KIEHL: Yeah, this has actually been a common argument used by a number of people who feel that the sun is the explanation for the observed warming on Earth. And most of this argument comes from the connection that people saw for a certain period of time: if you correlated or plotted the sun's output over the last 30 or 40 years, at the same time on the same graph you plotted the Earth's surface temperature, you saw that these—as the sun's activity increased, the planet was warming. And so people immediately jumped to the gun and said, well, this shows that it's not increases in carbon dioxide that increase the temperature; it's the sun's output.

    Now, the problem with this argument is that they should have waited a few more—a couple more decades, because around 1980, yes, the solar—the temperature continued to increase, but the solar activity had peaked, because it was part of the 11-year solar cycle, and had started to go down. So this correlation or connection between solar activity and Earth's surface temperature has broken down. So there really isn't any strong evidence that the major cause of the warming that we've been seeing on earth is related to solar activity. Solar activity does play a role, and it's been investigated how large of a role it plays, but it's actually a minor role compared to the increases in carbon dioxide.

    JAY: Valérie, do you want to add something to it?

    KIEHL: Excuse me?

    JAY: No, I'm asking Valérie if she wants to add something to the answer.

    VALÉRIE MASSON-DELMOTTE, PALEOCLIMATOLOGIST, ÉCOLE CENTRALE PARIS: I think, regarding total solar irradiance, it's clear there's no increasing trend over the last 40 years. But temperature has a clear increasing trend. So solar activity cannot be the driver of the warming over the last 40 years. It's likely that it's played a role at the beginning of the 20th century, but it's not the cause for the ongoing warming.

    JAY: Okay. So I'm—if you—. Sorry. Go ahead, Jeff.

    KIEHL: Could I say something about Mars?

    JAY: Yeah, please.

    KIEHL: That is part of the question. And, I mean, the problem there is that the record, the temperature record, first of all, is not global. It's from one station, one site, observational site, on the surface of Mars. And it's a very, very short temperature record. So it would really be like us climate scientists going out and measuring the temperature on Earth at one place, Baltimore, and measuring it for a few years, and then going out and stating, oh, we know what the Earth's global climate is doing over a decades-long timescale. So this is a case of too little data, both in terms of locations and time, and making a grand inference about what's causing climate change on Mars—if it's even changing.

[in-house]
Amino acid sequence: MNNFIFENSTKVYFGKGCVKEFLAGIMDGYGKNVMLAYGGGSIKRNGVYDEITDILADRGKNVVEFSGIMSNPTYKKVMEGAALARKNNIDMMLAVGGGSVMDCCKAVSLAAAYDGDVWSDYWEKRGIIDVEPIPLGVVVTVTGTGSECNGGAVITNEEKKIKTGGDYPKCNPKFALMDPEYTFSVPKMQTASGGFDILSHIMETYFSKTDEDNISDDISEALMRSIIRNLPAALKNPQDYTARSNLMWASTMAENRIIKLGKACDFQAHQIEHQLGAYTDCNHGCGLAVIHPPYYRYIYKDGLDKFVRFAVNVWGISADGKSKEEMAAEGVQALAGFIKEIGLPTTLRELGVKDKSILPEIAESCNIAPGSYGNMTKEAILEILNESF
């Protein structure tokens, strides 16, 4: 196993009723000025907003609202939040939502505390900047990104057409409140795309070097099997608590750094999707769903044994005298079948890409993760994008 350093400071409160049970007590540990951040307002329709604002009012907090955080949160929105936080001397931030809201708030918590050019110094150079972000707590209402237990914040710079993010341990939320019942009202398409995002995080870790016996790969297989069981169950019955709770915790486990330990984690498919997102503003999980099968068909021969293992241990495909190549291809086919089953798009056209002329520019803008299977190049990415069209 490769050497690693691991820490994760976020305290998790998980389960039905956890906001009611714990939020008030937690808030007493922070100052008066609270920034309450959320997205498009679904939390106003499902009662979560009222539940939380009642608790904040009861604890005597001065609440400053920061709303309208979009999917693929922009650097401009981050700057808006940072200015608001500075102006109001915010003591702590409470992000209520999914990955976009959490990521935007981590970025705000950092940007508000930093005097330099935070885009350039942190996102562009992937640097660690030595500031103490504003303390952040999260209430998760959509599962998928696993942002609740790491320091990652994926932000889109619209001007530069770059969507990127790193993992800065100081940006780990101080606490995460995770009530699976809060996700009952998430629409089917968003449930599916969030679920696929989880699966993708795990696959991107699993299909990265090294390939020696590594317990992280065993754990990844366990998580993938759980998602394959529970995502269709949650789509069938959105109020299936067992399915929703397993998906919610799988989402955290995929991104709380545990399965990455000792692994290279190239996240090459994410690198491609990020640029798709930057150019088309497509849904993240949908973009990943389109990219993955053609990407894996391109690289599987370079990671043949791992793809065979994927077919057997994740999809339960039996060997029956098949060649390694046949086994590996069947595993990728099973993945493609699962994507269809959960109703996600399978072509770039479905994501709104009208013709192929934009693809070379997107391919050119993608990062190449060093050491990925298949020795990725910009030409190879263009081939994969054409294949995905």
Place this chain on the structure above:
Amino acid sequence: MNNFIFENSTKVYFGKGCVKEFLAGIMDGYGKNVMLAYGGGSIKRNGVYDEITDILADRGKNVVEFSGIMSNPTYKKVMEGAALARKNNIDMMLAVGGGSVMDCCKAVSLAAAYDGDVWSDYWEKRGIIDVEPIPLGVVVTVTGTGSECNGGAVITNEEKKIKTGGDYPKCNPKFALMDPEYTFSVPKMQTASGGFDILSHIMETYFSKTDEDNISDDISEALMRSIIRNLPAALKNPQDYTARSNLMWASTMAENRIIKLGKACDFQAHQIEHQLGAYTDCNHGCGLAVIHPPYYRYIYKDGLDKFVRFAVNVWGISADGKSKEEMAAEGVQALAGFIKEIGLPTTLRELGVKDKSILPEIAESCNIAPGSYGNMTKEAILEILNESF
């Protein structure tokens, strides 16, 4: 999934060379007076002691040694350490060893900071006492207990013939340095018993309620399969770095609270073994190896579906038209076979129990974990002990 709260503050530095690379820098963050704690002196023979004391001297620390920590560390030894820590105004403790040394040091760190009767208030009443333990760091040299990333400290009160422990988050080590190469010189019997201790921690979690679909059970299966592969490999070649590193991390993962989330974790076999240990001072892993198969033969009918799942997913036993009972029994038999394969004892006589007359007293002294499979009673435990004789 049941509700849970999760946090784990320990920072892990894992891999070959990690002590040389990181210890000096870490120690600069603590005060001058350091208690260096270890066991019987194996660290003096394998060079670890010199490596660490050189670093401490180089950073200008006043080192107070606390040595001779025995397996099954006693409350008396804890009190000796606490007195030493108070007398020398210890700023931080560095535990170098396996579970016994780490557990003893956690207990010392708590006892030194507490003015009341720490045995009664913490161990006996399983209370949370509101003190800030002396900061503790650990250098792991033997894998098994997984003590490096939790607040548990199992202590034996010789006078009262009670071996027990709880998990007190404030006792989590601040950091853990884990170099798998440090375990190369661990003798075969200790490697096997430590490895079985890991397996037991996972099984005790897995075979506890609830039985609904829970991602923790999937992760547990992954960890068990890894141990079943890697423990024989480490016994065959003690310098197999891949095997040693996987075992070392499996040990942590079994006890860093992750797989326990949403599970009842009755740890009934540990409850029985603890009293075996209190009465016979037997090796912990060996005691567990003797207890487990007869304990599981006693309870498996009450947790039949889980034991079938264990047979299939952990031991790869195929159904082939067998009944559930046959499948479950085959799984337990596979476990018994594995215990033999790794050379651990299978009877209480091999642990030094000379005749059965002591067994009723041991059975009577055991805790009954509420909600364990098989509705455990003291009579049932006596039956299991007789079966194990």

JAY: Okay. We have—a couple of viewers have sent in questions that relate to other periods in Earth's history where temperatures have gone up and does not seem to be connected to CO2. There's apparently an increase in temperature that can be seen during medieval times, and that's often cited as an example that there is natural ebbs and flows in temperature, and one couldn't say CO2 had anything to do with what happened in medieval times. And then another viewer writes, in another period, which he says—he says after World War II there was a huge surge in recorded CO2 emissions, but global temperatures fell for four decades after 1940. So, Valérie, do you want to deal with this issue of medieval times? Or is that more of Jeff's bailiwick? Which one of you wants to take this on?

    MASSON-DELMOTTE: No, the medieval time is really something that I would like to comment on.

    JAY: Yeah. Go ahead.

    MASSON-DELMOTTE: Okay. So one ongoing effort is to characterize the climate at the global scale during this time interval. And this requires a huge collection of data from all latitudes, continents, oceans (it's a real challenge), and then agglomerating the sources of data to have an estimate of large-scale temperature.

    So far, we have estimates of Northern Hemisphere summer temperature, mostly overland. Several reconstructions are available. And based on these reconstructions and their uncertainty, the ongoing warming seems to be larger than the warm episode of the medieval period.